We get that it’s a me-against-the-world situation simply by seeing her compete with the others in a hostile setting. Yet, by repeatedly magnifying and glorifying her hardships within this atmosphere, the makers end up patronizing the independent conviction of her character. They make her cagey and at least ten times more intelligent than anyone else in her vicinity. She speaks in phrases, in context of the current world’s mood rather than the texture of her own rugged North Indian upbringing. She is equipped with needless flashbacks, whose Dangal-hangover noises I understood once I discovered that director Vinay Waikul assisted on films like, well, Dangal and Bhaag Milkha Bhaag. The male team members come in all shapes, sizes and social commentary – at different points, she is made to sympathize with a Muslim man and a gay man, as if it weren’t difficult enough to be a woman that she needed male minorities for us to “understand” the oppression.

Also Read: 7 Reasons Why Kabir Khan’s Next Is With Amazon Prime India

Then there is the mandatory anthem named “Rugg Rugg Mein India” for the training montage, as well as dorm rooms and sanitized toilets that belong more to giant doll houses than minimalistic army housing units. It’s as if Shikha cannot be lauded without the assistance of obvious narrative elements and handpicked personalities. It’s ironic that she needs to be surrounded by clichés in order to be the “hero” of her story – even more so because Shikha later asserts that she doesn’t want the “guidance” of any male authority (even defying army protocol) to achieve a crowd-pleasing resolution to her increasingly lonely conflict. She tells this to a smug detective-like Colonel who, not unlike Om Puri’s unorthodox outlier cop-turn in Gupt, is brought in to investigate a sexual harassment case that forms the crux of the show’s plot. If only the writers listened to her reasoning.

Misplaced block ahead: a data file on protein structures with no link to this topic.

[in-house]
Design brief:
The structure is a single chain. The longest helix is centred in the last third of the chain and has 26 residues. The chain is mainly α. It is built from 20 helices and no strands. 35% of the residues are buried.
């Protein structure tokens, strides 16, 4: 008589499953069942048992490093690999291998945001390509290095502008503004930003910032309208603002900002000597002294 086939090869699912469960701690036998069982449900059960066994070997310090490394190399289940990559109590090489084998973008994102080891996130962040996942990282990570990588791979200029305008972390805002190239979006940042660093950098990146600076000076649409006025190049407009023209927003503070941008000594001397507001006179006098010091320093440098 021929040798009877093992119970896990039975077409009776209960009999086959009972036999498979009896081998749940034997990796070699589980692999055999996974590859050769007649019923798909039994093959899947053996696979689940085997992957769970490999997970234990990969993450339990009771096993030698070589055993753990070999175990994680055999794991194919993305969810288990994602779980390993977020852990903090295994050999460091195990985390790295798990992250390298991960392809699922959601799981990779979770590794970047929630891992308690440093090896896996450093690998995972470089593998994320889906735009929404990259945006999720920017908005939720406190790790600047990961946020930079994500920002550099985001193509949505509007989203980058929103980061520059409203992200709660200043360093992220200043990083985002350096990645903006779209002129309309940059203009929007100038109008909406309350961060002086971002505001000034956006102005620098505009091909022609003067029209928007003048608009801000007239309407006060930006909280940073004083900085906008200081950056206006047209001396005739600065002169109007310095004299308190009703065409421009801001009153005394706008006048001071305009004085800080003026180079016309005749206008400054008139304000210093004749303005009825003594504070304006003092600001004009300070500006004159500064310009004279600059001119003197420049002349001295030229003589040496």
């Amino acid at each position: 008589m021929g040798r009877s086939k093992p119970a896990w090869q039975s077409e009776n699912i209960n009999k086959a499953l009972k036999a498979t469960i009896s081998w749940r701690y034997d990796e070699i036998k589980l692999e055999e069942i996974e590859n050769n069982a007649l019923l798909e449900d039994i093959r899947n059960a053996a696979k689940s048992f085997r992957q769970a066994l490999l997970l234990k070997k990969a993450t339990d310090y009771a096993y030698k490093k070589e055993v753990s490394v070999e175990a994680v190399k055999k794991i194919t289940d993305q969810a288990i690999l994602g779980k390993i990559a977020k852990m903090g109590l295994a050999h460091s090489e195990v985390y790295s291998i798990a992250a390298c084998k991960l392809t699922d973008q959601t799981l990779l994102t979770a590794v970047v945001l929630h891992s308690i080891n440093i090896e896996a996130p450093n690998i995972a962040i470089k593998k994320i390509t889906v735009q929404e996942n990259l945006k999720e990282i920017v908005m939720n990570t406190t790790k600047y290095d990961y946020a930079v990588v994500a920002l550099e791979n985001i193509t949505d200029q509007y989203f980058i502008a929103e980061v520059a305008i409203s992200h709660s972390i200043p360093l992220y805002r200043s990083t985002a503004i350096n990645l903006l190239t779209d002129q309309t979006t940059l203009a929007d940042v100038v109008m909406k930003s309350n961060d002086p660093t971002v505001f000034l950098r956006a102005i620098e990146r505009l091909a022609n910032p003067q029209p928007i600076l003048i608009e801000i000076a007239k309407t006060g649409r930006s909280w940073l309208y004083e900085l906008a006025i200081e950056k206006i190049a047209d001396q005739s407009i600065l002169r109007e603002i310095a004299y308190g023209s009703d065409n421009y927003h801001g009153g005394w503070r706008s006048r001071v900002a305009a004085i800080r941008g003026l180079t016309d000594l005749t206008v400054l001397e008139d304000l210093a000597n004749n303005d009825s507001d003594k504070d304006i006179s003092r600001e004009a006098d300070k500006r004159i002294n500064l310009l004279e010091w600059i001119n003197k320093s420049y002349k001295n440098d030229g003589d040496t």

The 43-minute long pilot of this show was released in early 2017, much before the next nine episodes that were made available in January 2018. Nagesh Kukunoor co-wrote and directed the pilot. Reports stated that due to creative differences with the producers, he exited, which is why it took so long to complete the show. One can sense the moments that might have led to his growing frustrations (flashy name slates introducing the faces, suggestive camera angles). But one can also sense Kukunoor’s straighter touches. The banter is kept to a minimum, and there is an air of rationality about adult conversations. For example, in the scene that has the Defense Minister force the two senior army bosses to recruit Shikha for the SFTC, the men don’t come across as stubbornly black-and-white villains – yet. They put forward legitimate points as professionals (“The recruits come from backgrounds where women aren’t respected. What if she is captured as a prisoner of war?”), and we somewhat identify with their anxieties.

But as the series goes forth without Kukunoor, these men turn into scheming old uncles who discuss consequences and plans as if their only goal were to symbolize the institution’s deep-rooted misogyny. The locker-room banter, too, refuses to unfurl without clownish musical cues. Each male is assigned a “role” to dramatize Shikha’s path. The course itself assumes the forced intensity and sexual politics of a gaming zone. In turn, the show’s strongest characters, Shikha and strict SFTC commander Sathe (Atul Kulkarni), begin to look like misfits in surroundings that appear intent on emulating the mechanics of a frivolous television reality show. I could swear that Sathe and his crony, Subedar Bhatti (Rahul Dev), even borrow from Rannvijay Singh and Raghu Ram’s mind-messing book of tough love.

All this amounts to a soapy portrait of the country’s first female Commando – a role that the formidable Nimrat Kaur perspires for, only to look like a sincere human stuck in a high-tech video game. As a result, for those who are slightly more exposed to the worldwide digital landscape – which is to say, pretty much everyone on the internet – shows like The Test Case appear as little more than decorated instances of large-scale cultural appropriation. No amount of token girl-walks-into-men’s-shower sequences can change that.

Rating:   star